The exciting thing for me is remote sensing is constantly evolving. The challenge for me is remote sensing is constantly evolving. The point is we want to take these various systems and bring that information together so we can see how the surface of the Earth is changing through time and over space. So, there's a great deal more in remote-sensed imagery that just beautiful pictures. I hope I conveyed that to you.
Remote sensing helps us measure what can't be seen, track the health of your resources, and understand how and why that health may be changing. To do this well, I truly believe you have to be on the ground making measurements so you understand the system. You have to be on the ground making measurements, controlled measurements so that you can tease out these various satellites and airborne systems as much information as possible.
Here are some websites that I can put up later on if you are interested in looking for additional information. Dr. Slonecker and Ms. Aiello have agreed to hang out by our field spec instrument over here. They got some plants. And there's a geologist in the building who carted some rocks over here. Yeah, just show them some rocks.
So, there are a couple of rocks over there. Behind the slide projector, we have that LIDAR system set up. I don't think it's activated and running. So, if you're really interested in that, you can look into doing that. I'm more than willing to entertain some questions for a while and hang around for a while. So, I have to bring up the final slide that shows you our schedule for remaining talks and then I will also at the same time entertain questions.
Bill Werkheiser: Thank you, John. Any questions for John? I think you can all see why he was chosen as our first speaker. This is a fascinating, fascinating talk. OK, so here's the quiz. John mentioned phenology earlier. Who remembers what that was?
John Jones: Gadzooks help me out here.
Bill Werkheiser: The good news is, we're all going to hear all about it at our next talk and why it's important, why we should care about it, and what you can do to help phenology. And that talk, what's the date of it?
John Jones: It's always...
Bill Werkheiser: May 6th.
John Jones: Yeah. It’s always the first Wednesday of every month at 7:00 p.m. I know Jake, Jake runs the National Phenology Network, and actually, the Shenandoah National Park project. It’s part of that network. We are the mid-Atlantic sub-region for that network. We're working on a workshop. We're putting a workshop together this summer, where scientists and citizen volunteers make measurements in the field along with Blue Ridge. I'm hoping we'll do that in the park. So, we'll try and get some announcements out. So, I can tell you Jake is an excellent speaker. I'm recommending him from there so somebody can tell you what phenology is and remember it.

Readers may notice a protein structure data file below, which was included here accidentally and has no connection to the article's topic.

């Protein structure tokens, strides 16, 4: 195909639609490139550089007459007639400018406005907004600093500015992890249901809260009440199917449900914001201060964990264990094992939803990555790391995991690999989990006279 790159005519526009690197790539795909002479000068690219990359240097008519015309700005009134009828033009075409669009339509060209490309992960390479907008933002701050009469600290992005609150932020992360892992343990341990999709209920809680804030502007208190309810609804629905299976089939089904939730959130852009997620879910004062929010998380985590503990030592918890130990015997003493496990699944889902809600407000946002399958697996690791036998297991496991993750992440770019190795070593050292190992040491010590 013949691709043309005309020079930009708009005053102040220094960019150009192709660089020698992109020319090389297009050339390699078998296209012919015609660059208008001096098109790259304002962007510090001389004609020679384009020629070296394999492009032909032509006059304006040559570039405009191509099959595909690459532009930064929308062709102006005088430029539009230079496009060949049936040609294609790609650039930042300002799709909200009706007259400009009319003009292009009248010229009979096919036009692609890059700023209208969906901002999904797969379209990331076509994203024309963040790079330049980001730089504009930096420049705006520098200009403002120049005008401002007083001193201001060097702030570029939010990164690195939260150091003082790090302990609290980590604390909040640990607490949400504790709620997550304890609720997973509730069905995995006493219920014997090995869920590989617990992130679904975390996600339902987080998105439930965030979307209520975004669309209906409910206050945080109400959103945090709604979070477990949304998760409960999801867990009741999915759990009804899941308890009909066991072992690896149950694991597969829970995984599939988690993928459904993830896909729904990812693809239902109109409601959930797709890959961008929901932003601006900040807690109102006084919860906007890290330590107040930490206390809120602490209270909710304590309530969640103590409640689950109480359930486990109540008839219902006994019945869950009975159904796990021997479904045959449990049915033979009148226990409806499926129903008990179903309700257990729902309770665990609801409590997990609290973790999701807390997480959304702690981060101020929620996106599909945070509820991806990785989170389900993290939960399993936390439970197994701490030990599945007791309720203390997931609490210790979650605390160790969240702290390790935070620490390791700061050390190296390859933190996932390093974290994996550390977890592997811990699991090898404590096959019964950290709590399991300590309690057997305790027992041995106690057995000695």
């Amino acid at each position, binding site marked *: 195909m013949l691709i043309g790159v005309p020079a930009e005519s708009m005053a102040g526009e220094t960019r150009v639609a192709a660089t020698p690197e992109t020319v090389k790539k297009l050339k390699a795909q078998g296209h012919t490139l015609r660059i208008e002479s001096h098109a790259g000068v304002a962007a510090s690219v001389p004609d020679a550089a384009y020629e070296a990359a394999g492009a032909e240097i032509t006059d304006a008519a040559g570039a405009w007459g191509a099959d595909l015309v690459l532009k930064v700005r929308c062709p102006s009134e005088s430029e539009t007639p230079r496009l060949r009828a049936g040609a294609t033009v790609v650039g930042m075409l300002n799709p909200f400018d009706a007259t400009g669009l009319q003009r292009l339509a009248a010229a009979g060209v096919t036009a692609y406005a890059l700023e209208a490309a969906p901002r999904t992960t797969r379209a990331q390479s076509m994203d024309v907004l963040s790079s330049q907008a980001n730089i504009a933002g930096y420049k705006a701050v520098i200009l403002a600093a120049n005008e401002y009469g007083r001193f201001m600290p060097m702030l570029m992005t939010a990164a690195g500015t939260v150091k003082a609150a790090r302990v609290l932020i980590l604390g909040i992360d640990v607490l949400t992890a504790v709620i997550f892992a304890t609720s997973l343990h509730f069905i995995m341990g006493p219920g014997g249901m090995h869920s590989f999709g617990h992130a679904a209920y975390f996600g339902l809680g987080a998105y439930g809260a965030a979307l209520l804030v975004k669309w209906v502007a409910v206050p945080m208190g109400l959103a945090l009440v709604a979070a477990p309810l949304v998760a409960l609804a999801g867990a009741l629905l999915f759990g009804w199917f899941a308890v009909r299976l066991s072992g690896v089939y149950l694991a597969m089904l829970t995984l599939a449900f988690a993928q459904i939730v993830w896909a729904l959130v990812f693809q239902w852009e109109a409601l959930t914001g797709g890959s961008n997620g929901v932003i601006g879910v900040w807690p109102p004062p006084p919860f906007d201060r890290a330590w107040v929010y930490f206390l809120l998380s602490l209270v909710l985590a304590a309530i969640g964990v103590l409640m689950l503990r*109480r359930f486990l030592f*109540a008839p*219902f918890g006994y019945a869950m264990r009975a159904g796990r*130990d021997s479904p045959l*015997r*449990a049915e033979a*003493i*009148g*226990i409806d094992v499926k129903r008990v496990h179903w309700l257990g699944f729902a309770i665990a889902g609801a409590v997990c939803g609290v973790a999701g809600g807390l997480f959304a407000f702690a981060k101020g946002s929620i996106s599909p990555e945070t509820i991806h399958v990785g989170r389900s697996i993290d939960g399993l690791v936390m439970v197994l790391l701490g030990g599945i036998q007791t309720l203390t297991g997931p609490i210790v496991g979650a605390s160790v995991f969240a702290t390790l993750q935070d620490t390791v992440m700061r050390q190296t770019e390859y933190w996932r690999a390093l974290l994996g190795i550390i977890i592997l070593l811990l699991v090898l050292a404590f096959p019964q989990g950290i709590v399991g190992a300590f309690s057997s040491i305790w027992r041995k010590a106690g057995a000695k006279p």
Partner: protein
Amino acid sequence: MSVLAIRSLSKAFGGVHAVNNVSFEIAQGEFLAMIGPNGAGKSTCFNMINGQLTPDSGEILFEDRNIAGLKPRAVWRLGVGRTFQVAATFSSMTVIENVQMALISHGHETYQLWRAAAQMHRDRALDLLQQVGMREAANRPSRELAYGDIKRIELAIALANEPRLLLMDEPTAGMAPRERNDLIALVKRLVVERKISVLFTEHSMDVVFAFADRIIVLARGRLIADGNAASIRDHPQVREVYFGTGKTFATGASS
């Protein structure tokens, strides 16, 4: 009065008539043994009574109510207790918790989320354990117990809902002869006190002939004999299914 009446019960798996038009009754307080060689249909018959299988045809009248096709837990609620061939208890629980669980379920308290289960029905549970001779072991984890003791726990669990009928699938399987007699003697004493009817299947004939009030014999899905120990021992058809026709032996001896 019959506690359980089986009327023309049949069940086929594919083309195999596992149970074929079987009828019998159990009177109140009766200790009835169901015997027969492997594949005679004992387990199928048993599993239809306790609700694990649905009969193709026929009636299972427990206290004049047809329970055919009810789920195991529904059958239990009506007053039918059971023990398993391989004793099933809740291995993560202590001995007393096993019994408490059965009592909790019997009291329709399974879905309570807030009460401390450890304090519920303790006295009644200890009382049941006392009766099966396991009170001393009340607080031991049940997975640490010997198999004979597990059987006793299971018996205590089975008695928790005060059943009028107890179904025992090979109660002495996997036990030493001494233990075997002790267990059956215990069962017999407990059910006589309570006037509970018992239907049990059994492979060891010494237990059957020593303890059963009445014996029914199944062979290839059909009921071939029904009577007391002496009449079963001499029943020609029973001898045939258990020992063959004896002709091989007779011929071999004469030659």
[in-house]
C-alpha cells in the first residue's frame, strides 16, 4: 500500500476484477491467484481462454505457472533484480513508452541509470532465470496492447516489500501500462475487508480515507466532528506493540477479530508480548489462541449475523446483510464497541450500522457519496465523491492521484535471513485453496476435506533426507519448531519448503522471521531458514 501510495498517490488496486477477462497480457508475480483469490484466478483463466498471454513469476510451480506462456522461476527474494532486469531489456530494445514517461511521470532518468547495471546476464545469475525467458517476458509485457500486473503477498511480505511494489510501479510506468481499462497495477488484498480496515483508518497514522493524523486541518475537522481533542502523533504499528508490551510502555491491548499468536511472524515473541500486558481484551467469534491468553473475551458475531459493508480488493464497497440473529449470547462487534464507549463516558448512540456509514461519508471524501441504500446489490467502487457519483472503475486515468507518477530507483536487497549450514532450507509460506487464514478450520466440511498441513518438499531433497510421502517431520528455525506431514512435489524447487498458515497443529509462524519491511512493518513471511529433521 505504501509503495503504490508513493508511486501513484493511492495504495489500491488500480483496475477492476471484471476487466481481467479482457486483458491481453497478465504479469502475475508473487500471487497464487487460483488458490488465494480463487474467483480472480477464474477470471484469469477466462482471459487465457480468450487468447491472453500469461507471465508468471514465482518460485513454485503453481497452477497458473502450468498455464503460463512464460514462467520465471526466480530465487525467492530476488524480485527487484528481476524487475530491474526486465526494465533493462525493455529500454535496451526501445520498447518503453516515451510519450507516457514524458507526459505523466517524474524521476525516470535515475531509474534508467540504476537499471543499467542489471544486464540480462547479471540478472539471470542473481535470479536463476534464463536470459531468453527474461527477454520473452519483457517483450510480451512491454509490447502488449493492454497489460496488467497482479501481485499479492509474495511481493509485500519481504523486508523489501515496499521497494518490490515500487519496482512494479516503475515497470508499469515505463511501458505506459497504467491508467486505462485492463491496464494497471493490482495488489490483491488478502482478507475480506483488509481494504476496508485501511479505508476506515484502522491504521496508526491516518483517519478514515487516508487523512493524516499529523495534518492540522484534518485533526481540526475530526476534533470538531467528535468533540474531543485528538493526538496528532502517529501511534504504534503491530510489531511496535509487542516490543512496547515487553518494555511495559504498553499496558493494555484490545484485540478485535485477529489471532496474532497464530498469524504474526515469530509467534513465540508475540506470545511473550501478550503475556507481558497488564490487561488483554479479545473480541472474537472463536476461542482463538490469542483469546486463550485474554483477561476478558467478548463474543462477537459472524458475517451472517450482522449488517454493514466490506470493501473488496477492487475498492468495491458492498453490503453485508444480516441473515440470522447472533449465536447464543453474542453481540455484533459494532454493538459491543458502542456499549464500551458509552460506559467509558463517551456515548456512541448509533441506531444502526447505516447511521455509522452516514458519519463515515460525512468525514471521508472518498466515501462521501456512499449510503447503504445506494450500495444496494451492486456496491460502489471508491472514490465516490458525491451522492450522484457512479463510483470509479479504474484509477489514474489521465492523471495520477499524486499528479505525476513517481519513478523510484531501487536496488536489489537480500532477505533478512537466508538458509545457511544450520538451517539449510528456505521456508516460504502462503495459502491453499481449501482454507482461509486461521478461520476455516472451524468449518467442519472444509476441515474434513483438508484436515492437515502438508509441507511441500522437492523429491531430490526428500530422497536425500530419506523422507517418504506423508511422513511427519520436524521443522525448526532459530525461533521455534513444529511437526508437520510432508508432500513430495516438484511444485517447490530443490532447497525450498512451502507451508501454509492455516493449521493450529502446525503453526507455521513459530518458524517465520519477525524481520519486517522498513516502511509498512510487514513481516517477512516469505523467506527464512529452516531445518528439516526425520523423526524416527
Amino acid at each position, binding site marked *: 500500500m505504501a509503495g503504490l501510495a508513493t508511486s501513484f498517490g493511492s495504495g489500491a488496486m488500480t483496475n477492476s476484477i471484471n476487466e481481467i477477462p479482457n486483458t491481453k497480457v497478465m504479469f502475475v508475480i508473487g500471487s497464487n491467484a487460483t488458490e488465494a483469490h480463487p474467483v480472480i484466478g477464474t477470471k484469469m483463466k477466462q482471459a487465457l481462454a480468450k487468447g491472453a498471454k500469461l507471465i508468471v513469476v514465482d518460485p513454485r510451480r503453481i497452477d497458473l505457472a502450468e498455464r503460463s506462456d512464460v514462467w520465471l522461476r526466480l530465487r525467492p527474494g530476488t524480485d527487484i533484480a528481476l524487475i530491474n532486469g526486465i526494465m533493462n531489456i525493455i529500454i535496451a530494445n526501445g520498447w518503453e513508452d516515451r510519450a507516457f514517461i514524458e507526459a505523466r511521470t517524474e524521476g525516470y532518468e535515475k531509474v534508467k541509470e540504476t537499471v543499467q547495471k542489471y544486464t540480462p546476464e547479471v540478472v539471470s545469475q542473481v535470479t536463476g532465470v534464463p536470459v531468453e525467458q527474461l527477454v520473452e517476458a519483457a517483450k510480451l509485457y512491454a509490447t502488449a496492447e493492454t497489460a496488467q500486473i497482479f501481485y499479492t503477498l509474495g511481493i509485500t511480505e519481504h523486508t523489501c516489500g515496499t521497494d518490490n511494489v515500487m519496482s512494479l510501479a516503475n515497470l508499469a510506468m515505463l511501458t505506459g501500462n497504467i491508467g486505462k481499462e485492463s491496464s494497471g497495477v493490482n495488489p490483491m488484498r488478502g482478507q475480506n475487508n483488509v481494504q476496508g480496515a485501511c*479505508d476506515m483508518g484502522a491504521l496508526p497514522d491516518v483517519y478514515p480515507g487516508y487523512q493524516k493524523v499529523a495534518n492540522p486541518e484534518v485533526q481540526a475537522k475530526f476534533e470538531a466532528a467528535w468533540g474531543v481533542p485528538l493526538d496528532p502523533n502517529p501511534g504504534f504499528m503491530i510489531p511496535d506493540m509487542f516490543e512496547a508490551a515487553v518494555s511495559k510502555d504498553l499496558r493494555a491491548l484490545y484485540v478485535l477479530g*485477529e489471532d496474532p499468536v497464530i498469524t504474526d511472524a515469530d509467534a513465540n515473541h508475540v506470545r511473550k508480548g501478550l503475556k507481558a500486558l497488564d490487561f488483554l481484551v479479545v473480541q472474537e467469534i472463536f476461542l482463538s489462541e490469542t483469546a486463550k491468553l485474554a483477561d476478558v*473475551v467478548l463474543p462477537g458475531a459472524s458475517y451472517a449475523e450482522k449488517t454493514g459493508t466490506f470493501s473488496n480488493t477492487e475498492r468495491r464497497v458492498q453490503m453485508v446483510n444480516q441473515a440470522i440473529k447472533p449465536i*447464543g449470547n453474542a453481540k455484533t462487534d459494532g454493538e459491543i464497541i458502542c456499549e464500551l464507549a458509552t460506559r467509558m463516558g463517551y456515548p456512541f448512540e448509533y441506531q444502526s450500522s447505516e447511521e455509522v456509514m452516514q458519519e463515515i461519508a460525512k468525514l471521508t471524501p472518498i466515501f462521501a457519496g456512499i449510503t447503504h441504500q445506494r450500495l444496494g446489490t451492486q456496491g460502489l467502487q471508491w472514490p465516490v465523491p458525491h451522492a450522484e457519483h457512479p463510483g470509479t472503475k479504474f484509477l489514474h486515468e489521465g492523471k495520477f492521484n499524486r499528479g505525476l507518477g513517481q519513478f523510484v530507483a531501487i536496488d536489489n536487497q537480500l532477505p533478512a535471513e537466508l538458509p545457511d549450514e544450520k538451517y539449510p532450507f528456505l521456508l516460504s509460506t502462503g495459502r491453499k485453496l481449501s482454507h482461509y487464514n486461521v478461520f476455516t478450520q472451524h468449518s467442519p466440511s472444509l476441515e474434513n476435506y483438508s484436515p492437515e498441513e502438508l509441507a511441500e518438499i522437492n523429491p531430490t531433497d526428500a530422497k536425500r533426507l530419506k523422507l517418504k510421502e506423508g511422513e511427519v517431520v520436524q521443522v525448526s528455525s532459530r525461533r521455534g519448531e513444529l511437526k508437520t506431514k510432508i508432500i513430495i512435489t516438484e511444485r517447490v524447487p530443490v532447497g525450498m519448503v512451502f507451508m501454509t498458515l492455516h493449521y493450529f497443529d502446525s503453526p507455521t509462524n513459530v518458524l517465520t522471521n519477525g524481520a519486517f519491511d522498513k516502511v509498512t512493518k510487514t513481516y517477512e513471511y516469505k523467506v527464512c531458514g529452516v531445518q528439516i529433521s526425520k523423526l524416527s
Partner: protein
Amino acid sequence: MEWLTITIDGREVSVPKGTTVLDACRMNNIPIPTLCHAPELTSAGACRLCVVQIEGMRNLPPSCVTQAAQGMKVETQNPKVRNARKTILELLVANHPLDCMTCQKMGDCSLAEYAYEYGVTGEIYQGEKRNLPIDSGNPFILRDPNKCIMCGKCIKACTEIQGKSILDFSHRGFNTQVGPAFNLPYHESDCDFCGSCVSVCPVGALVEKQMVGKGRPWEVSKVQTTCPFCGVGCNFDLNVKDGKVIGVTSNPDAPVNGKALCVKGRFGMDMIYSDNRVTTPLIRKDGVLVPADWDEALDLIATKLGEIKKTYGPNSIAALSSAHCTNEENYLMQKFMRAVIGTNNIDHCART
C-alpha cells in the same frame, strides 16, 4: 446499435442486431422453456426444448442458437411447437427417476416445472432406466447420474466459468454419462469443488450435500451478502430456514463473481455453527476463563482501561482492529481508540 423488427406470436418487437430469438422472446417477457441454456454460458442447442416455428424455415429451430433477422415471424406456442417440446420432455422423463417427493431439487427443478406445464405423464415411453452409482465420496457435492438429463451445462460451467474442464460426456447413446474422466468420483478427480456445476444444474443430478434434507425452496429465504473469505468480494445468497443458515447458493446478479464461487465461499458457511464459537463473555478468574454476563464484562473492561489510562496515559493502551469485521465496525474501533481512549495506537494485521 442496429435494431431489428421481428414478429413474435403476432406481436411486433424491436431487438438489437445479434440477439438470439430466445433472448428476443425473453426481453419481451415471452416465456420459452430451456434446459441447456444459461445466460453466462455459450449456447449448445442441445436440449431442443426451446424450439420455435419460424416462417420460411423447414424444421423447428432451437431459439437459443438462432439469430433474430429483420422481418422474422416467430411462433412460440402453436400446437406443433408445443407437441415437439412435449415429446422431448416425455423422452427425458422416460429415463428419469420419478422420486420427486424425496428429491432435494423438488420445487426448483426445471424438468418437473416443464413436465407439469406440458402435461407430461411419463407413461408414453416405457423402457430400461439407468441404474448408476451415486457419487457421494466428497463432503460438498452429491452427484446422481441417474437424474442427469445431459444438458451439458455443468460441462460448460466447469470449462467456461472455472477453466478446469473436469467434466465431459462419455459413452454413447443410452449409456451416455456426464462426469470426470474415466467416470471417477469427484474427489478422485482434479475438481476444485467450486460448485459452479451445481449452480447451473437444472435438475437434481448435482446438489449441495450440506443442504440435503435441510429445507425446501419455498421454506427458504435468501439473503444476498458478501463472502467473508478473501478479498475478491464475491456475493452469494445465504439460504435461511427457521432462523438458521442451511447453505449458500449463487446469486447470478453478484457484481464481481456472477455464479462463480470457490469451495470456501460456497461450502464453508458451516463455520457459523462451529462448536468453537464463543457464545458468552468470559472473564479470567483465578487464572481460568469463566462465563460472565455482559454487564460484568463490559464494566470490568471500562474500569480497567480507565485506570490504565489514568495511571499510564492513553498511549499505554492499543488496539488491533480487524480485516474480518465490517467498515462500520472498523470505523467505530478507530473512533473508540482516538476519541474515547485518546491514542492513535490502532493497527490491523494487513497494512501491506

You could do me a favor if you're just being shy. He says, "Anybody knows what phenology is?" And I'll raise your hand and tell him. Other questions or just come on up.
Audience 5: I remember on your NDDI, there was a point where the, I think, soil, there was, I think, a peak in where it was refracting some of the light in that peak was there the grass in there?
John Jones: Absolutely.
Audience 5: You don't have any --?
John Jones: Yes, that is an excellent question. So, there are places where reflectance of two different materials will be exactly the same. So, what we're trying to distinguish to tell what is soil and what is vegetation. We can't make a measurement there, OK? So, that's part of the power of these remote sensing systems, when you're making measurements and all these different points, we know "Aha!” If we want to tell the difference between soil and vegetation, we don’t want to use this part, this kind of light, because they can look a lot the same. If we really want to see the water, we want to go here and here because the water looks really different than the vegetation and the soil.
So, that's part of that art and the science as well. And so, we're looking for those combinations of the light we look at, and the target we're after. One of the things I often tell people when they come to talk to me, "Can I use remote sensing to do this and that?" What I relate to them is, "Can you separate the target, that you're interested in, from the bed around you?" If you can't do that, remote sensing won't work for you. So, you have to find the technology that allows you to do that. So, that's an excellent question. It wasn't planted.
Anything else? Well, you're welcome to come on up afterward and visit with me, visit with Dr. Slonecker and visit with Ms. Aiello. And I thank you all for coming.
Title: USGS Public Lecture Series: Science Through Imagery
Knee-high to Bird's Eye: Multi-scale Remote Sensing of Vegetation Dynamics. Dr. John Jones, an expert in remote sensing, discusses several projects in the Shenandoah National Park and the Everglades. Learn how science from satellites can help decision-makers address issues related to climate change, water resources, and habitat conditions.
Transcript in text-only format below
Location: Reston, VA, USA
Date Taken: 4/1/2009